Most of us were now getting vaccinated against the Wuflu with the exception of a few very boring people who insisted on sharing (at length) the reasons why they weren’t. I carried on fishing (and slowly going bankrupt).
We finally had a break in the swell in late November. It was still grey, windy and rainy but I was able to get back out on the rock platform at Woody Head and fish through a middle of the day low tide. The moon was 25 days old and waning. It was about 20% visible.
It looked like perfect jewfish weather but after a few casts a good tailor grabbed my soft plastic. I landed it and changed tactics. I rigged up a metal slug. I was using a 40 gram multi-coloured metal slug from Gillies. It soon found its mark and after a couple of casts I connected with another tailor. It was a decent fish, about 65cm long. I decided to keep that one for supper. I connected and then dropped another two tailor and then swapped back to a soft plastic set up to try for a jewfish.
I selected one of my rapidly declining store of GULP Crazylegs Jerkshads in the Lime Tiger colour and put it on a 1/4 ounce, size 2/0 jighead and lobbed it out just in front of me. I was using my battered Daiwa Demonblood 962 H rod and Daiwa TD SOL III LT 6000D-H spinning reel. I was using 40lb braid and 40lb fluorocarbon leader. I made a few casts with no results. I moved a bit further along the rock platform. I kept dropping the soft plastic in close to the rocks. After a while I felt some resistance, paused and set my hook. The fish tried to swim under an overhang but I managed to pull it out and land it. It was a school jewfish. It was about 60cm long and so after a few pictures I sent it back into the ocean. I could not find anymore fish that day.
The swell came back up but the Clarence River still fished pretty well for flathead and smaller tailor all through the month.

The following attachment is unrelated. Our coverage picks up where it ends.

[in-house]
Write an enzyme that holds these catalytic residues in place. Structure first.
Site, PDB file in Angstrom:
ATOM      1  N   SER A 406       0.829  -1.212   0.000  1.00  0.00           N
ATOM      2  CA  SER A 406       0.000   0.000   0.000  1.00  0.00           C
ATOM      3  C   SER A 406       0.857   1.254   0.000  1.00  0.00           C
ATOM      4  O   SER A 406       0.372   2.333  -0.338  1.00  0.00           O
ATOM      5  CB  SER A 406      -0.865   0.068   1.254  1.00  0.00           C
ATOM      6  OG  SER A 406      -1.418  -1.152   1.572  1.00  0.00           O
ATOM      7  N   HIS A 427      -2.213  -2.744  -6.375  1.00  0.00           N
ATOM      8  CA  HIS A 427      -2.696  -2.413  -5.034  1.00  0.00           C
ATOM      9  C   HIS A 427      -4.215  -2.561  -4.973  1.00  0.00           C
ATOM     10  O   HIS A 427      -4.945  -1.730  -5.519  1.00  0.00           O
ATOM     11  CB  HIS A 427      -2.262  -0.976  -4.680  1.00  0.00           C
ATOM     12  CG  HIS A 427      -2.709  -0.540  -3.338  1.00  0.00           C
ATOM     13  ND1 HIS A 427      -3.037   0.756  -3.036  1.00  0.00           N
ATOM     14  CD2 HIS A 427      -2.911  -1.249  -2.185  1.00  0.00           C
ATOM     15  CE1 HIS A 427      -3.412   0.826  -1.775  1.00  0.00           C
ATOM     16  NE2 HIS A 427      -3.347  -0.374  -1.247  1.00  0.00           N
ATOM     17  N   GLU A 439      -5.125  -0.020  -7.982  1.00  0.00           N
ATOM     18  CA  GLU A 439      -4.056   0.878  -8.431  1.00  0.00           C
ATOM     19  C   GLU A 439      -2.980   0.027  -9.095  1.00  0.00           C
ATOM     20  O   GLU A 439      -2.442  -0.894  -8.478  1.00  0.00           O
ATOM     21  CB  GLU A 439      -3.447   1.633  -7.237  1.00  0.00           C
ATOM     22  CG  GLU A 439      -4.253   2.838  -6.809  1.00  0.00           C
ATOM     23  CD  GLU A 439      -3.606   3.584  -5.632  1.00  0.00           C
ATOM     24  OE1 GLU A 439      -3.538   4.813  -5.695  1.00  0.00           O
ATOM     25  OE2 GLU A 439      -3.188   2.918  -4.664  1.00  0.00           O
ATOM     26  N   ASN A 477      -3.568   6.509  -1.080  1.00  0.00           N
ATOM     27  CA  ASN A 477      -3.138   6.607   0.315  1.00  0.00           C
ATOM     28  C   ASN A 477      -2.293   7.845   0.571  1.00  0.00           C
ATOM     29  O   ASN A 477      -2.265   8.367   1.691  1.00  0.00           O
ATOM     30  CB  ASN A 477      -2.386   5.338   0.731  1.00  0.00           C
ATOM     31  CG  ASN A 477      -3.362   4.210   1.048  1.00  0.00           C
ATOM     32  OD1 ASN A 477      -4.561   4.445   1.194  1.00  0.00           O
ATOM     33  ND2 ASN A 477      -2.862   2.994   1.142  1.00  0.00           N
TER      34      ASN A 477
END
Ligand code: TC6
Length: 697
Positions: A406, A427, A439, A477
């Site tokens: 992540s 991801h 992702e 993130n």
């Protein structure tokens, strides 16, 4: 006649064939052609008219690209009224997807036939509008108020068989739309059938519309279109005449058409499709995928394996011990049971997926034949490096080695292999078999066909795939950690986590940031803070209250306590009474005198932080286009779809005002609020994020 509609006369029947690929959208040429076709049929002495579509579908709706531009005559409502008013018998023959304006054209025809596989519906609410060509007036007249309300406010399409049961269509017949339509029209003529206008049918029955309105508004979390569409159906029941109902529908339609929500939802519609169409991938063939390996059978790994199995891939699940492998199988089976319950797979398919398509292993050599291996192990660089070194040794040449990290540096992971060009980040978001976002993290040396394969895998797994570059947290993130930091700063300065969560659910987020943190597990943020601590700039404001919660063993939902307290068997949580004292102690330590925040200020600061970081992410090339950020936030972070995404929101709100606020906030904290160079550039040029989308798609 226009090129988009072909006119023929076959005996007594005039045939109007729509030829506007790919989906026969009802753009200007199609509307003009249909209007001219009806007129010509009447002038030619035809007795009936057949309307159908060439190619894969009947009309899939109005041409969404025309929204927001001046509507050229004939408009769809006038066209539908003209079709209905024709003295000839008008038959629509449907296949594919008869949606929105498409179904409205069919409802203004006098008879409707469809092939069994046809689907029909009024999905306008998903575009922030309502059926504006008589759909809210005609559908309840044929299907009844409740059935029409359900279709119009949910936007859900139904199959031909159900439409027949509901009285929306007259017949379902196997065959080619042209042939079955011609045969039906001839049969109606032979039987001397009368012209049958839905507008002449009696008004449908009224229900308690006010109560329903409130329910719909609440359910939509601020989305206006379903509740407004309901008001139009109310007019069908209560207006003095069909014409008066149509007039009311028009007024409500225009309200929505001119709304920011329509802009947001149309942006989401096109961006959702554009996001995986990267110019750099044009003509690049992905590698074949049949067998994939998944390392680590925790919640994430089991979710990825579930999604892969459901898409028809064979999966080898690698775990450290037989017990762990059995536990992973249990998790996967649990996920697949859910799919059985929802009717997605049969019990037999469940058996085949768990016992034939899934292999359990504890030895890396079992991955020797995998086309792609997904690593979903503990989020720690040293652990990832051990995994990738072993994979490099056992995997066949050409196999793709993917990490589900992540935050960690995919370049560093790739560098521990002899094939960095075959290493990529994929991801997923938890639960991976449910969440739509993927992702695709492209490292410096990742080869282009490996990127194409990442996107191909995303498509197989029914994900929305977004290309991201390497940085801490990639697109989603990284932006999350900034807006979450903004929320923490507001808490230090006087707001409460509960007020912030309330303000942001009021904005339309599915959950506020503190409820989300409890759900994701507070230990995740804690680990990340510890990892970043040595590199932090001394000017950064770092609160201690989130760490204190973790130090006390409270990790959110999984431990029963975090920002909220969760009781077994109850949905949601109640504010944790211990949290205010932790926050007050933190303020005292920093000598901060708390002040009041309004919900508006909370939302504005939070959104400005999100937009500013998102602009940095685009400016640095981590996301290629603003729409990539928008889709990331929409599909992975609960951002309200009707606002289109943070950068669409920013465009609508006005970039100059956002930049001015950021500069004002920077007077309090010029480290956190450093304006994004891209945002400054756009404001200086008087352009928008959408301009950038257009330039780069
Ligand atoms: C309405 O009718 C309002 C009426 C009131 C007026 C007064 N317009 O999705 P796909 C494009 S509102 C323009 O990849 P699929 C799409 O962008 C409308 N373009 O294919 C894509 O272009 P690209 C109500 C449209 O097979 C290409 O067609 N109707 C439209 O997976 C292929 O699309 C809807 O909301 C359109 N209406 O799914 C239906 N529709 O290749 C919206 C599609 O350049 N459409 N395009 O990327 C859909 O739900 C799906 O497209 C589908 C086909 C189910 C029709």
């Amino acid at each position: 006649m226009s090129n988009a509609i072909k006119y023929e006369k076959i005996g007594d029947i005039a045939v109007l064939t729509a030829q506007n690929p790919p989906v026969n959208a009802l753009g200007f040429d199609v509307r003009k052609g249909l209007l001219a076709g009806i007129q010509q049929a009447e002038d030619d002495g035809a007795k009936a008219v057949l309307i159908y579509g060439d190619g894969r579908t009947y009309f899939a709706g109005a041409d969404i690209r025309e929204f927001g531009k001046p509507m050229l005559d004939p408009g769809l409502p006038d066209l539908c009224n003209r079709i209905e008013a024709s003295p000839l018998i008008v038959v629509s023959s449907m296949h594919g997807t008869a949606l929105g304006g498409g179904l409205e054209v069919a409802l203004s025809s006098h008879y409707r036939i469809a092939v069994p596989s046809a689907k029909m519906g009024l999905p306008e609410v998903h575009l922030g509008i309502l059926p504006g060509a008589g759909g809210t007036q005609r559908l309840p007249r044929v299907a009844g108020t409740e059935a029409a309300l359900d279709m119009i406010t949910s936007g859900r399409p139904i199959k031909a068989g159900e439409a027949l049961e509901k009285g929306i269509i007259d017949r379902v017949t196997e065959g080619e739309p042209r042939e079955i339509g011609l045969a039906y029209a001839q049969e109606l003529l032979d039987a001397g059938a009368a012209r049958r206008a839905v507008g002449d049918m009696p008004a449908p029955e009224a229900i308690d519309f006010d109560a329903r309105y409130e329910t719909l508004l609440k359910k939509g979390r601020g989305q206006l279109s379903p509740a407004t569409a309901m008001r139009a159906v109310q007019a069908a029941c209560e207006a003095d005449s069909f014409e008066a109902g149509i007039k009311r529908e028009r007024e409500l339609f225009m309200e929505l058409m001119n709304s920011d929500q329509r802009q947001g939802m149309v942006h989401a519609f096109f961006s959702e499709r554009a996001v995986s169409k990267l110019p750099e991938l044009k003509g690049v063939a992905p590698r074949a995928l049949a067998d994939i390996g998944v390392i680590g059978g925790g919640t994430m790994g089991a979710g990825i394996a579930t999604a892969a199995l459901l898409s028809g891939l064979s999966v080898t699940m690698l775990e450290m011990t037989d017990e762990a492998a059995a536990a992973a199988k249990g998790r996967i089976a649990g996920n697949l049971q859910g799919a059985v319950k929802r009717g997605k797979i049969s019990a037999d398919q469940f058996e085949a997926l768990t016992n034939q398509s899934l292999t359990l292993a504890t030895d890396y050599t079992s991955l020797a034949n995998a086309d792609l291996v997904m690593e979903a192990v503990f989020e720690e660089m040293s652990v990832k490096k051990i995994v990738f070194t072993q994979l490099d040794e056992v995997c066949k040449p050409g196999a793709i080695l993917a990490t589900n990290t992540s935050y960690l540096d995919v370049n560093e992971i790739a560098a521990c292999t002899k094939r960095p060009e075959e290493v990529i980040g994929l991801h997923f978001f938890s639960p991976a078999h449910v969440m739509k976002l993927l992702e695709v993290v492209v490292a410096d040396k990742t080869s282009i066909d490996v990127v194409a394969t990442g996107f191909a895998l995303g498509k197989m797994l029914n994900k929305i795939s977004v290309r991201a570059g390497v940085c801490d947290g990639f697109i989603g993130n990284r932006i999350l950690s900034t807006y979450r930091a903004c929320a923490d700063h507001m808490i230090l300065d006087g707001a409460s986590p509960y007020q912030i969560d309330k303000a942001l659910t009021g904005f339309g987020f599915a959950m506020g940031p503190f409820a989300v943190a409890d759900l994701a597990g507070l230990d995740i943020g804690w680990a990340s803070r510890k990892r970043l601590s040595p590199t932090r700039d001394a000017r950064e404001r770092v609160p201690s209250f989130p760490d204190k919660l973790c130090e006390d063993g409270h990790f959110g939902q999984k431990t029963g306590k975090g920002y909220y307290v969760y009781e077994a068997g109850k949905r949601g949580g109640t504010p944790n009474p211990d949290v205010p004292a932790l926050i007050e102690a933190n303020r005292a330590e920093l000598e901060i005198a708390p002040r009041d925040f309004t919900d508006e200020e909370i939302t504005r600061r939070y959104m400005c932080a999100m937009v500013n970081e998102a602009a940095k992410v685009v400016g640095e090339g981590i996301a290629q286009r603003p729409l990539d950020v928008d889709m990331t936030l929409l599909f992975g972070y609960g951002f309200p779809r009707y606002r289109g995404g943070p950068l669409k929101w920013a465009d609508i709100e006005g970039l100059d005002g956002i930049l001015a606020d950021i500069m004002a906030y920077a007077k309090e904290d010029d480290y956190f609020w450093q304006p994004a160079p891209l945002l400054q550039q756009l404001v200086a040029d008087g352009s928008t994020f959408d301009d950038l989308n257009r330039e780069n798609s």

As Covid 19 continued to wreak havoc all around, I carried on fishing. Those of us in New South Wales were locked out of Queensland. Everyone was locked out of Western Australia. Victoria was open, then closed, then open again. I have no idea what was going on in Tasmania.
The swell was big and we had a bit of rain. I focused on fishing with my light gear and soft plastics lures over the sand flats, on the edge of the Clarence River at Browns Rocks. I found a few different species. I caught flathead, bream, tailor and quite a few small jewfish. The flathead seemed comfortable eating just about any type of lure, once you found them.
I was using a mix of different soft plastics but, as usual, the GULP Minnows where the star performers. I also caught fish on the new Berkley Shimma prawn and a packet of DUO Realis knot tailed soft plastics in a green colour, that somebody sent me to try. I was usually fishing these with 10lb fluorocarbon leader on 1/8th ounce, size 1/0 hook jigheads.
At one point I noticed the water close to shore was teaming with some kind of tiny jelly fish larvae. They were all along the shoreline for a few days. There was plenty of bait around and the pelicans and gulls chased the schools relentlessly. They only got out of the way when the dolphins turned up.